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19 September 2018
A Panel Discussion on Russia and Human Rights in the United Nations
by Tselmegtsetseg Tsetsendelger, UNA-NCA Human Rights Committee

Following its examination of China and Human Rights in the United Nations, UNA-NCA turned its attention to the human rights record of a second permanent member of the United Nations Security Council, the Russian Federation. In May 2018 the United Nations Human Rights Council, through its Working Group on the Universal Periodic Review, convened to discuss the human rights situation in the Russian Federation. In conjunction with this important review, the Human Rights Committee of UNA-NCA released a four part post entitled “Russia, the UN and Human Rights” to provide background on key components of the topic.

The discussion on September 13 at the Washington office of the American Jewish Committee built on the background paper and looked at the interactions among the Russian Federation, the United Nations and its human rights machinery. Specifically, the panelists discussed how the different parts of the UN human rights system work in addressing the situation in the Russian Federation, how the country uses its diplomatic tools to influence the UN human rights agenda, as well as the role of civil society actors and how they view the UN as a forum for addressing human rights.

Although the title of the conversation focused on the Russian Federation, the discussion went well beyond one country to reflect wide-ranging insights and experiences of our expert panelists.Felice Gaer of the Jacob Blaustein Institute shared general observations about how the UN human rights machinery operates, from the perspective of a non-governmental organization representative and academic analyst as well as that of a UN expert; she also provided a first-hand account of Russia’s recent engagement with the UN Committee against Torture, of which she is the Vice Chair.  Ted Piccone of the Brookings Institution spoke mainly on the way that Russia, often together with China, seeks to use its diplomatic tools to undermine the UN’s effectiveness in addressing human rights issues. Sarah Mendelson of Carnegie-Mellon University described Russia’s approach to human rights in the UN as well as steps taken to counter that approach, based in part on her experience as a practitioner of UN human rights work when she was the U.S. Ambassador to the Economic and Social Council.  Natalya Arno of the Free Russia Foundation focused more specifically on limited steps as well as significant shortcomings in the way that different parts of the UN address Russia’s domestic human rights situation, speaking from the critical perspective of a civil society advocacy organization.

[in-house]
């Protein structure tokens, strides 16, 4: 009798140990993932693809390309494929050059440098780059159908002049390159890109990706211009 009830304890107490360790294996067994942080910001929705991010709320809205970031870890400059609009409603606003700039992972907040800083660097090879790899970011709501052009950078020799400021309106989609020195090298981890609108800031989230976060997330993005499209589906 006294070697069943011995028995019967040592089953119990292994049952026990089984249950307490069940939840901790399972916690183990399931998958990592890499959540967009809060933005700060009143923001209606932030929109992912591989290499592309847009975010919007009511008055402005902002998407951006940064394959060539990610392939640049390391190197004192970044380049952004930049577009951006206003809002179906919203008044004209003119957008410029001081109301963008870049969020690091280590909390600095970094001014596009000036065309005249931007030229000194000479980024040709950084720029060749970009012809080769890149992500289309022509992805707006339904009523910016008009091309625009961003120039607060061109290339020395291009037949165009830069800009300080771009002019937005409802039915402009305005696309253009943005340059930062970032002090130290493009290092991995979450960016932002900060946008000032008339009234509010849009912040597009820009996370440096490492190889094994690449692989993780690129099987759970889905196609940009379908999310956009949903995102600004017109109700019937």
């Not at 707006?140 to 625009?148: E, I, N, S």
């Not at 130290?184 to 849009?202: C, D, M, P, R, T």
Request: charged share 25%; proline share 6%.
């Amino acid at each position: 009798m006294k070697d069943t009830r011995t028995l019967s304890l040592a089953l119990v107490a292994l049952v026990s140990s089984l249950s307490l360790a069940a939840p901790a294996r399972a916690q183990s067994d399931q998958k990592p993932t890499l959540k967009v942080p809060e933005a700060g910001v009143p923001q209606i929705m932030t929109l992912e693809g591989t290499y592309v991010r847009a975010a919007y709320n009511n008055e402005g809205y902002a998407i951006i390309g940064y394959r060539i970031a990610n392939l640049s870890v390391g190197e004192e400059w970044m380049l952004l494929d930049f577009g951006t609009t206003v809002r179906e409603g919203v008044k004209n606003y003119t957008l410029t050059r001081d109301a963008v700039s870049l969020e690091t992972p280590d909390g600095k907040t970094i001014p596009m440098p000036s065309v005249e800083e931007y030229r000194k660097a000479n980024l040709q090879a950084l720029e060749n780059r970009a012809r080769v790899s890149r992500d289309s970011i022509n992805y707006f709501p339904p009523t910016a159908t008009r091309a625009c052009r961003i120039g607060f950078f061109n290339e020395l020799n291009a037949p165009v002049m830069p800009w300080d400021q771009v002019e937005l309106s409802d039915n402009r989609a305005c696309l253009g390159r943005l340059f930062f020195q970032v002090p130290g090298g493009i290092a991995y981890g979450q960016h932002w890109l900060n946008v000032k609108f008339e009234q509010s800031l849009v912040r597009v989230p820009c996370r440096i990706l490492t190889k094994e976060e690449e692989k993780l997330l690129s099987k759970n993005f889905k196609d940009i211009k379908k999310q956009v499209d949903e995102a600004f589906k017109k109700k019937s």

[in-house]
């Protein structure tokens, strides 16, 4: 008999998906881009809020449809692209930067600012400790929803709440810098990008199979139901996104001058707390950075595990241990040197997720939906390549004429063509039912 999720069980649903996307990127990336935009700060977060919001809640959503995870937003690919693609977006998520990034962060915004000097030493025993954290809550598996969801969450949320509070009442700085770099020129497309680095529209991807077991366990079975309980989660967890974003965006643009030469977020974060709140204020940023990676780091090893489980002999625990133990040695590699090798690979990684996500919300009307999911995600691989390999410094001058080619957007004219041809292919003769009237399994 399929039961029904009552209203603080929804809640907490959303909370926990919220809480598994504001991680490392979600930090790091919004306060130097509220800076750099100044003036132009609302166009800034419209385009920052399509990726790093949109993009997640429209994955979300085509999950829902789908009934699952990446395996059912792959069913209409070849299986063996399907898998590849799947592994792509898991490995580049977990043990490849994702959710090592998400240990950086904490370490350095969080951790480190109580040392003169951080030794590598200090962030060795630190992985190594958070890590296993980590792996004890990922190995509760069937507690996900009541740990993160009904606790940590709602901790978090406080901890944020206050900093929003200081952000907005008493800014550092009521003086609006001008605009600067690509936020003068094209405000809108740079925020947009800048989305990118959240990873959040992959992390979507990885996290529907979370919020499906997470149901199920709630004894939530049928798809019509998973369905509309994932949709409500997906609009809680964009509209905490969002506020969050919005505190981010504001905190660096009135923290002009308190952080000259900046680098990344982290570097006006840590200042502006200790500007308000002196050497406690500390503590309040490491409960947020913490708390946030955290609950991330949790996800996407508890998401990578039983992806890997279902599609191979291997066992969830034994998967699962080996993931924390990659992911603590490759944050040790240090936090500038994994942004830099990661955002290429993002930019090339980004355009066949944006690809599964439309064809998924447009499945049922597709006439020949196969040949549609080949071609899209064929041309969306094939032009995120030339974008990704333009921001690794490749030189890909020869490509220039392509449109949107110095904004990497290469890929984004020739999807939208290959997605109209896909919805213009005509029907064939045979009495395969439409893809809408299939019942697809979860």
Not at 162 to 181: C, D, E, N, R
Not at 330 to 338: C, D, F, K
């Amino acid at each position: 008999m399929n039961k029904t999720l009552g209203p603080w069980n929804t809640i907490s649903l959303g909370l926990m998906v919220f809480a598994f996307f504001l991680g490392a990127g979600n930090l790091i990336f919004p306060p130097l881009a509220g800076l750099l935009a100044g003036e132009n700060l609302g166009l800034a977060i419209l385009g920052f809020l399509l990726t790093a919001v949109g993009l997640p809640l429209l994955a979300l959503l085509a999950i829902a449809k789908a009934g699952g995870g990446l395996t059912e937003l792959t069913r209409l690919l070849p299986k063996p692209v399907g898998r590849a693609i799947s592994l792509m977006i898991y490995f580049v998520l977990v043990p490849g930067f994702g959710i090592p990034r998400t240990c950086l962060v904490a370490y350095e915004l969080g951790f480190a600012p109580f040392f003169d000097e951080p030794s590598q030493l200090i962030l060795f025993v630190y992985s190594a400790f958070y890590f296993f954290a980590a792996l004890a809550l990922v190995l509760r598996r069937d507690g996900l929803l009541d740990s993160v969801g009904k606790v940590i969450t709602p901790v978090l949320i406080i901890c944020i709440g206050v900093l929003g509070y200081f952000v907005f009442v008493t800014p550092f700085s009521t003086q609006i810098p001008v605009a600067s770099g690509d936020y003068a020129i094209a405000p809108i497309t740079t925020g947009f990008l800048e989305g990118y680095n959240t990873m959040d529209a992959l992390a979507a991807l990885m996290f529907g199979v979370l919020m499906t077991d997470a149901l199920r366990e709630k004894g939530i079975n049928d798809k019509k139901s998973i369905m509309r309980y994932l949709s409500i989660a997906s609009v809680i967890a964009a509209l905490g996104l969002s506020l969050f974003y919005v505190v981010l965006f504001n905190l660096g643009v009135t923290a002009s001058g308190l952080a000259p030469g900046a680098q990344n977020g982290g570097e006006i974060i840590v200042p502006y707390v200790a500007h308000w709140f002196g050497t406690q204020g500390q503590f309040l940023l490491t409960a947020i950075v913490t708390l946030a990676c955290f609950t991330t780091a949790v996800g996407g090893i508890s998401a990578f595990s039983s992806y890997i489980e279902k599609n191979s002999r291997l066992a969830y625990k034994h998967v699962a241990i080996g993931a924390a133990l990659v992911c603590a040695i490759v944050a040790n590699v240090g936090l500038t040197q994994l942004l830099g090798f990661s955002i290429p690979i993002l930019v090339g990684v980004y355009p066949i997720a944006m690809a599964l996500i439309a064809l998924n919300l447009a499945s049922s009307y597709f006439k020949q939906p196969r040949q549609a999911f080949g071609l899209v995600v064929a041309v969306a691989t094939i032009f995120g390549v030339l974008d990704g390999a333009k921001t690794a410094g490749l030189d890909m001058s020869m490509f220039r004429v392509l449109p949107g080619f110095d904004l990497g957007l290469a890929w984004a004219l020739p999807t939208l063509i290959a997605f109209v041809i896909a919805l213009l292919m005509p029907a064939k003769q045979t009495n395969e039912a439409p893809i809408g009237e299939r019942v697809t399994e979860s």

Please view the recording of the event for the full discussion and the question and answer session that followed. 

View Event Video Here